Published August 1st by Penguin Books first published September 1st More Details Original Title. Other Editions Friend Reviews. To see what your friends thought of this book, please sign up. To ask other readers questions about The Girl in the Picture , please sign up. Does anyone have discussion questions for a book club review of this book? See 1 question about The Girl in the Picture…. Lists with This Book. Community Reviews. Showing Rating details. More filters. Sort order.
Denise Chong's The Girl In The Picture looks at the life of Kim Phuc, the Vietnamese woman whose terrified, naked, nine-year-old self was immortalized in a famous war photograph taken in June of But th Denise Chong's The Girl In The Picture looks at the life of Kim Phuc, the Vietnamese woman whose terrified, naked, nine-year-old self was immortalized in a famous war photograph taken in June of View all 8 comments. Dec 31, Srividya rated it really liked it Shelves: reading-challenge , owned , tower-teams-iv , non-fiction , world-lit , genre However, despite this, generations upon generations are involved in this madness to the extent that peace, today, has become a luxury and not a right.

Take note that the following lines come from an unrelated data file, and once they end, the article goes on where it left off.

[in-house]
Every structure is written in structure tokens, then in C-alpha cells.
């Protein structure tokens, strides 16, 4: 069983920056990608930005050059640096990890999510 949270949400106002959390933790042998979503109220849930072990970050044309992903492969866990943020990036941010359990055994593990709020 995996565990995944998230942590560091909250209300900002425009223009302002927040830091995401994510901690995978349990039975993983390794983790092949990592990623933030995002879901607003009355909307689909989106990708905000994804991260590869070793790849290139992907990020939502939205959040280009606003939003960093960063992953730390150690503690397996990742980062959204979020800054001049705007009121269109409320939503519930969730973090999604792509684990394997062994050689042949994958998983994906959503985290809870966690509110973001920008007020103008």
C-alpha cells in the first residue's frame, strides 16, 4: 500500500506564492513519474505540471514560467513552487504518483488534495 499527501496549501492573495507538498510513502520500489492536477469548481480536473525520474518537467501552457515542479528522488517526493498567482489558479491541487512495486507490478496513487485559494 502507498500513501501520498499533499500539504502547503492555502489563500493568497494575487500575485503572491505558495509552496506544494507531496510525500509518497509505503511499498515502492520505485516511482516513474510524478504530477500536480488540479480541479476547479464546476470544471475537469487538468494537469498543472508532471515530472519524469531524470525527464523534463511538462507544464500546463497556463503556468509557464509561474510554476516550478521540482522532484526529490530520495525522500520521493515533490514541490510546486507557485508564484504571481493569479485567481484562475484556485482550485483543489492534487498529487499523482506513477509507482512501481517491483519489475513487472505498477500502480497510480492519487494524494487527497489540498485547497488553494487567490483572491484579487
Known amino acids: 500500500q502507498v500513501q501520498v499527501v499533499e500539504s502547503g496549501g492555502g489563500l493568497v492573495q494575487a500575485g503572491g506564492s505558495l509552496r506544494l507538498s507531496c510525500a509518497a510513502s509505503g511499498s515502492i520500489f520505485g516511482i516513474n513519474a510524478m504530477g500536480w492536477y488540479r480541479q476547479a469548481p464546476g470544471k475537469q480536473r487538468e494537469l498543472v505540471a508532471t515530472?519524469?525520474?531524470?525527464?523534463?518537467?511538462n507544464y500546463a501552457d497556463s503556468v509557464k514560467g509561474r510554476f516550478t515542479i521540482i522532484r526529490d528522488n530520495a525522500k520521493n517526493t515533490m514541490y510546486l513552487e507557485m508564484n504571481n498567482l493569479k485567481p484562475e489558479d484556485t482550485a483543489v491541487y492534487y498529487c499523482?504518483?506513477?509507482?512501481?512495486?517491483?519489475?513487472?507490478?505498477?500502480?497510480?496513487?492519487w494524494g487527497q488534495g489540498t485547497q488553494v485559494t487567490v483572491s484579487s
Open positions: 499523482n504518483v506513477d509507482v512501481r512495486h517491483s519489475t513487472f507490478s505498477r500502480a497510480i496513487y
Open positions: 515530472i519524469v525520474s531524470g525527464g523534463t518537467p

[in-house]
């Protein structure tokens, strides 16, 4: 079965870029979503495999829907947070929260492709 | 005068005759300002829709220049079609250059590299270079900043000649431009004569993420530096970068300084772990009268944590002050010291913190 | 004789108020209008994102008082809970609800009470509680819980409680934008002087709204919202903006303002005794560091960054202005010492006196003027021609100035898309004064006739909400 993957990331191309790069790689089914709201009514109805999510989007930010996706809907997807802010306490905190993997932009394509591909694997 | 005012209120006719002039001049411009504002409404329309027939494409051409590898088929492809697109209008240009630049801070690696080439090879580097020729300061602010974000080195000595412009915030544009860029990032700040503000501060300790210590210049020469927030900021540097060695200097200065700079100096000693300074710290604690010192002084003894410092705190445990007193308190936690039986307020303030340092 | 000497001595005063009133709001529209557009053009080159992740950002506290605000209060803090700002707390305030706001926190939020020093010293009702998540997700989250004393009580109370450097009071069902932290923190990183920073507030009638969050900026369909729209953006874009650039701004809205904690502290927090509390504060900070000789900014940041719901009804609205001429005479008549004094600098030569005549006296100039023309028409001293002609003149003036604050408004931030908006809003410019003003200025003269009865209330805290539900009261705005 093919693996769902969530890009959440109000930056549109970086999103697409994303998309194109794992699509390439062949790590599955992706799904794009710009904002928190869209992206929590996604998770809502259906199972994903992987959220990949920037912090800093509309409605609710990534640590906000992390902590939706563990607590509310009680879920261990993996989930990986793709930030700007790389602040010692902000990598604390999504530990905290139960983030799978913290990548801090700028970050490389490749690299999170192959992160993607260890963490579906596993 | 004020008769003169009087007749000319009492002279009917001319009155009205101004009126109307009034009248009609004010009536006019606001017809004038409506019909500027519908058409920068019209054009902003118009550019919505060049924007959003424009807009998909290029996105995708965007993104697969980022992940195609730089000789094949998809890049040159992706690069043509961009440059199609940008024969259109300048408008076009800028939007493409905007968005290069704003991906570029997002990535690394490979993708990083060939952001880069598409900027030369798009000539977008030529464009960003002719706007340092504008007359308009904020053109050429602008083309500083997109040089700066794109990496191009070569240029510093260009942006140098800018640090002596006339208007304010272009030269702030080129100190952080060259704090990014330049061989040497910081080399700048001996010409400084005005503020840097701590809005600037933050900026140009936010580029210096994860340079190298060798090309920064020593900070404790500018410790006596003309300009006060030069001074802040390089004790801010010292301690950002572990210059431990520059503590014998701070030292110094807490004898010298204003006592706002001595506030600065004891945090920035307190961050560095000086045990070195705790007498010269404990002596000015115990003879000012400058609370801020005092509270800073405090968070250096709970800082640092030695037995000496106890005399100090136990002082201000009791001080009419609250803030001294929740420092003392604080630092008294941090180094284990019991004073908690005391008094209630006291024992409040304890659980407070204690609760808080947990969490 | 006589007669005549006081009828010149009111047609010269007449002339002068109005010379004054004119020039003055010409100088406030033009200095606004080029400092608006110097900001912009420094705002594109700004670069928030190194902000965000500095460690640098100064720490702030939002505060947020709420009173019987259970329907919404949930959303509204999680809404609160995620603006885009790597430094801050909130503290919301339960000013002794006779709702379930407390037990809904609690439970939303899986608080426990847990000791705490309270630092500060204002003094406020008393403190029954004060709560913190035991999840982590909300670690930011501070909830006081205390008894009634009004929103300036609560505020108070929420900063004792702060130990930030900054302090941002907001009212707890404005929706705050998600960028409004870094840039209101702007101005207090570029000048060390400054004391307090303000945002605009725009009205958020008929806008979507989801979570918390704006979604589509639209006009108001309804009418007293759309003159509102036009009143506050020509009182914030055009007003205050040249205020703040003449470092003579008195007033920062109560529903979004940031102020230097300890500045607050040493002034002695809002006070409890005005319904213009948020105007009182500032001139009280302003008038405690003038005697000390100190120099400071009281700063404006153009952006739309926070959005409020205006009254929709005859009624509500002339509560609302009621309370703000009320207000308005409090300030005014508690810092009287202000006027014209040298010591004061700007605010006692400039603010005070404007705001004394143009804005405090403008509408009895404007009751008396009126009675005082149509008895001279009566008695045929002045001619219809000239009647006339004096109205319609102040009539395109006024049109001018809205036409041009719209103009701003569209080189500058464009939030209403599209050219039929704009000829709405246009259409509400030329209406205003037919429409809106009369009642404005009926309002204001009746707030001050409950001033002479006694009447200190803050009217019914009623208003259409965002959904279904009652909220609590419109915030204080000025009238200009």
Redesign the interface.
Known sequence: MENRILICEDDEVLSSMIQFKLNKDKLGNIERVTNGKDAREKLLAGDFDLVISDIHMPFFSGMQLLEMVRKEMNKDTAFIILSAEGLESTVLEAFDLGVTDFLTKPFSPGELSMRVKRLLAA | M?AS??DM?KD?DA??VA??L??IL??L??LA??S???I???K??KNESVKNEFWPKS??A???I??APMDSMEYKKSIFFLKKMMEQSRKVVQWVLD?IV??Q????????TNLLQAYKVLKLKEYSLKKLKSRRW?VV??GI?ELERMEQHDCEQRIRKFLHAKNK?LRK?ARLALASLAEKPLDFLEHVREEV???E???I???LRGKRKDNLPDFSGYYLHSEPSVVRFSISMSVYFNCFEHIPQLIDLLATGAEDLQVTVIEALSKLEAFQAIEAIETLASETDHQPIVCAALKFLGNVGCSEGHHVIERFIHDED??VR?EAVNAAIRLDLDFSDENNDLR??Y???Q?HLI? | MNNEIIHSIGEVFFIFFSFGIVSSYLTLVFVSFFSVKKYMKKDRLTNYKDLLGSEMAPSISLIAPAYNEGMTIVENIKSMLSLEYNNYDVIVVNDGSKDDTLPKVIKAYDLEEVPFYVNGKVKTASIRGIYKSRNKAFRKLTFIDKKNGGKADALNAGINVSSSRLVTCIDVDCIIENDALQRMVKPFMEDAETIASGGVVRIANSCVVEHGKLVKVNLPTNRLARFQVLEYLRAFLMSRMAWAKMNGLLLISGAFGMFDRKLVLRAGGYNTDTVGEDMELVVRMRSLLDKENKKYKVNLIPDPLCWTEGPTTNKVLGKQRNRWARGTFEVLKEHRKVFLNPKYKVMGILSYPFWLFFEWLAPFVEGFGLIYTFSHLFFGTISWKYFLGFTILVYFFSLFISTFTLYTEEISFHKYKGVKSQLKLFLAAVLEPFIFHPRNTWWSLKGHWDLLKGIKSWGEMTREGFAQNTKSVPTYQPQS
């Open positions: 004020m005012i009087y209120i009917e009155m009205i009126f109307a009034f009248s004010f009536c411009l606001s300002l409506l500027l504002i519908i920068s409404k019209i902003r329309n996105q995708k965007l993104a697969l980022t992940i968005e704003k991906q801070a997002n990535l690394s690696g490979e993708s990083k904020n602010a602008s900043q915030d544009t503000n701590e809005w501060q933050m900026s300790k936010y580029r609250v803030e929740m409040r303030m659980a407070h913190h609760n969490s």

Writing about the different wars that humans have fought from the beginning of time is a popular genre and to be honest, is also a genre that I love a lot. Similarly, memoirs of individuals who have lived through strife and conflict and have emerged victorious is another huge fascination and inspiration for me. So, it is obvious that I would both read and like this current book, which talks about the Vietnam war and about a survivor from that war, where she survived despite the odds being against her.